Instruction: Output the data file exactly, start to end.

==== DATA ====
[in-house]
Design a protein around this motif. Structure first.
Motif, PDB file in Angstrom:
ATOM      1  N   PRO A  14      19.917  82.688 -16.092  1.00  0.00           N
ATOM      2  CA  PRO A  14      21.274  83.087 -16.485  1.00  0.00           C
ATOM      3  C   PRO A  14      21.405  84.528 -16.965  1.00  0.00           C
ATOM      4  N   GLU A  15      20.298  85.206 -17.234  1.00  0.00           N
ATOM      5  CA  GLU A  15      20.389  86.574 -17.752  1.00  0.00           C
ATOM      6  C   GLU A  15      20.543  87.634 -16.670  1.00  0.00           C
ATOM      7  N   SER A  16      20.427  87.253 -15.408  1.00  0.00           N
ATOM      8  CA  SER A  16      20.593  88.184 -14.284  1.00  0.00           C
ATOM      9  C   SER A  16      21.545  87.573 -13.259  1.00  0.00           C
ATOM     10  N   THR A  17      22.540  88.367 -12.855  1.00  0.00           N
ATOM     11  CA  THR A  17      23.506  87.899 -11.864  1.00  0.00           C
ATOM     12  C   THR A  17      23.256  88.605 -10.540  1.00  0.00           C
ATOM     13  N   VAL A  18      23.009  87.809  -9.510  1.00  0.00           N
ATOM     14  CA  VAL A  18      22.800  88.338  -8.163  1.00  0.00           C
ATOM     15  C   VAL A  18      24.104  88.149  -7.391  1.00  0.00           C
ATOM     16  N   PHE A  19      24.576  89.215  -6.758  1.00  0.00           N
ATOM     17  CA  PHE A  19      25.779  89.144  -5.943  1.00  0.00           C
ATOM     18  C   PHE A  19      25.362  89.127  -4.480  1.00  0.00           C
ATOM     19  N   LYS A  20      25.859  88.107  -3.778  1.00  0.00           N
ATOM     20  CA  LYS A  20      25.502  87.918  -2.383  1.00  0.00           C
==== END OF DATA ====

[in-house]
Design a protein around this motif. Structure first.
Motif, PDB file in Angstrom:
ATOM      1  N   PRO A  14      19.917  82.688 -16.092  1.00  0.00           N
ATOM      2  CA  PRO A  14      21.274  83.087 -16.485  1.00  0.00           C
ATOM      3  C   PRO A  14      21.405  84.528 -16.965  1.00  0.00           C
ATOM      4  N   GLU A  15      20.298  85.206 -17.234  1.00  0.00           N
ATOM      5  CA  GLU A  15      20.389  86.574 -17.752  1.00  0.00           C
ATOM      6  C   GLU A  15      20.543  87.634 -16.670  1.00  0.00           C
ATOM      7  N   SER A  16      20.427  87.253 -15.408  1.00  0.00           N
ATOM      8  CA  SER A  16      20.593  88.184 -14.284  1.00  0.00           C
ATOM      9  C   SER A  16      21.545  87.573 -13.259  1.00  0.00           C
ATOM     10  N   THR A  17      22.540  88.367 -12.855  1.00  0.00           N
ATOM     11  CA  THR A  17      23.506  87.899 -11.864  1.00  0.00           C
ATOM     12  C   THR A  17      23.256  88.605 -10.540  1.00  0.00           C
ATOM     13  N   VAL A  18      23.009  87.809  -9.510  1.00  0.00           N
ATOM     14  CA  VAL A  18      22.800  88.338  -8.163  1.00  0.00           C
ATOM     15  C   VAL A  18      24.104  88.149  -7.391  1.00  0.00           C
ATOM     16  N   PHE A  19      24.576  89.215  -6.758  1.00  0.00           N
ATOM     17  CA  PHE A  19      25.779  89.144  -5.943  1.00  0.00           C
ATOM     18  C   PHE A  19      25.362  89.127  -4.480  1.00  0.00           C
ATOM     19  N   LYS A  20      25.859  88.107  -3.778  1.00  0.00           N
ATOM     20  CA  LYS A  20      25.502  87.918  -2.383  1.00  0.00           C